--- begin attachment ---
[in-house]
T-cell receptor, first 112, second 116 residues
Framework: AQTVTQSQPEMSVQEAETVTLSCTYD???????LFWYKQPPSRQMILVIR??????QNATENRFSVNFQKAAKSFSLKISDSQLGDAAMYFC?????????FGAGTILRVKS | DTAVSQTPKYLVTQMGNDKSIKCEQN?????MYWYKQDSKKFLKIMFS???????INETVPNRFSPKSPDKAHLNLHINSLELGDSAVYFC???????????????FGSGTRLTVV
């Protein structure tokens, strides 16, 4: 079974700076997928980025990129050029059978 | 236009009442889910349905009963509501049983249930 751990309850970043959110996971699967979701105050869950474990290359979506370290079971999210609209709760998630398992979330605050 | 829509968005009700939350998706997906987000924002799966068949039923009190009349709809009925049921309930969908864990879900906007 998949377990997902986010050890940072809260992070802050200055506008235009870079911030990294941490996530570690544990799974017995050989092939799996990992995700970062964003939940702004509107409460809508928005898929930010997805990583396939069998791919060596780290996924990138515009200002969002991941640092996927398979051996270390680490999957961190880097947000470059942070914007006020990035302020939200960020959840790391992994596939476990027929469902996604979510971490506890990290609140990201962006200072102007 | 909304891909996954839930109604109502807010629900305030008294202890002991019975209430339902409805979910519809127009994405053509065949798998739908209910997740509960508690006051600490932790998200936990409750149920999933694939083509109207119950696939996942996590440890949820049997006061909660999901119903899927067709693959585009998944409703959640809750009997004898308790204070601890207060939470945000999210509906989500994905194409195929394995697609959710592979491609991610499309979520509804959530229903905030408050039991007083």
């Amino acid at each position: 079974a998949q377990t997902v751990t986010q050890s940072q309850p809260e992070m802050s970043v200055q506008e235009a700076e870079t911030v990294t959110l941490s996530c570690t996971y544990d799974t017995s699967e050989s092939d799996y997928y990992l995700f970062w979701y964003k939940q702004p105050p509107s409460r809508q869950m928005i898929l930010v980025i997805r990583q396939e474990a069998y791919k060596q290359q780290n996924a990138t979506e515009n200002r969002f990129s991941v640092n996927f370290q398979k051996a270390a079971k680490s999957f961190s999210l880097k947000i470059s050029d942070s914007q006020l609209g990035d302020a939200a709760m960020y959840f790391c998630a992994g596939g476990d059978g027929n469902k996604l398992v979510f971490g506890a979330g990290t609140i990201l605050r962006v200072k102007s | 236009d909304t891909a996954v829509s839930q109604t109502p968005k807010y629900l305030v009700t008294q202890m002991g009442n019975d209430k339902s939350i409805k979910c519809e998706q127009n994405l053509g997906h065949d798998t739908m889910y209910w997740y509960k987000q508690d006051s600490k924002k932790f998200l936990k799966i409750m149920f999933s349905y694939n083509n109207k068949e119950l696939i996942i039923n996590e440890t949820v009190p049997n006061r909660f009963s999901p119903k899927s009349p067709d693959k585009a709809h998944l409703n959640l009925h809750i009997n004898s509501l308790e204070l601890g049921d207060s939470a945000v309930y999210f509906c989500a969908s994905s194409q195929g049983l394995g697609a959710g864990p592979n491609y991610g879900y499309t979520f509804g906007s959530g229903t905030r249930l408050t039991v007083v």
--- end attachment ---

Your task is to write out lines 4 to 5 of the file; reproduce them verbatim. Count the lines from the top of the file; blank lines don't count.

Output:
């Protein structure tokens, strides 16, 4: 079974700076997928980025990129050029059978 | 236009009442889910349905009963509501049983249930 751990309850970043959110996971699967979701105050869950474990290359979506370290079971999210609209709760998630398992979330605050 | 829509968005009700939350998706997906987000924002799966068949039923009190009349709809009925049921309930969908864990879900906007 998949377990997902986010050890940072809260992070802050200055506008235009870079911030990294941490996530570690544990799974017995050989092939799996990992995700970062964003939940702004509107409460809508928005898929930010997805990583396939069998791919060596780290996924990138515009200002969002991941640092996927398979051996270390680490999957961190880097947000470059942070914007006020990035302020939200960020959840790391992994596939476990027929469902996604979510971490506890990290609140990201962006200072102007 | 909304891909996954839930109604109502807010629900305030008294202890002991019975209430339902409805979910519809127009994405053509065949798998739908209910997740509960508690006051600490932790998200936990409750149920999933694939083509109207119950696939996942996590440890949820049997006061909660999901119903899927067709693959585009998944409703959640809750009997004898308790204070601890207060939470945000999210509906989500994905194409195929394995697609959710592979491609991610499309979520509804959530229903905030408050039991007083």
């Amino acid at each position: 079974a998949q377990t997902v751990t986010q050890s940072q309850p809260e992070m802050s970043v200055q506008e235009a700076e870079t911030v990294t959110l941490s996530c570690t996971y544990d799974t017995s699967e050989s092939d799996y997928y990992l995700f970062w979701y964003k939940q702004p105050p509107s409460r809508q869950m928005i898929l930010v980025i997805r990583q396939e474990a069998y791919k060596q290359q780290n996924a990138t979506e515009n200002r969002f990129s991941v640092n996927f370290q398979k051996a270390a079971k680490s999957f961190s999210l880097k947000i470059s050029d942070s914007q006020l609209g990035d302020a939200a709760m960020y959840f790391c998630a992994g596939g476990d059978g027929n469902k996604l398992v979510f971490g506890a979330g990290t609140i990201l605050r962006v200072k102007s | 236009d909304t891909a996954v829509s839930q109604t109502p968005k807010y629900l305030v009700t008294q202890m002991g009442n019975d209430k339902s939350i409805k979910c519809e998706q127009n994405l053509g997906h065949d798998t739908m889910y209910w997740y509960k987000q508690d006051s600490k924002k932790f998200l936990k799966i409750m149920f999933s349905y694939n083509n109207k068949e119950l696939i996942i039923n996590e440890t949820v009190p049997n006061r909660f009963s999901p119903k899927s009349p067709d693959k585009a709809h998944l409703n959640l009925h809750i009997n004898s509501l308790e204070l601890g049921d207060s939470a945000v309930y999210f509906c989500a969908s994905s194409q195929g049983l394995g697609a959710g864990p592979n491609y991610g879900y499309t979520f509804g906007s959530g229903t905030r249930l408050t039991v007083v």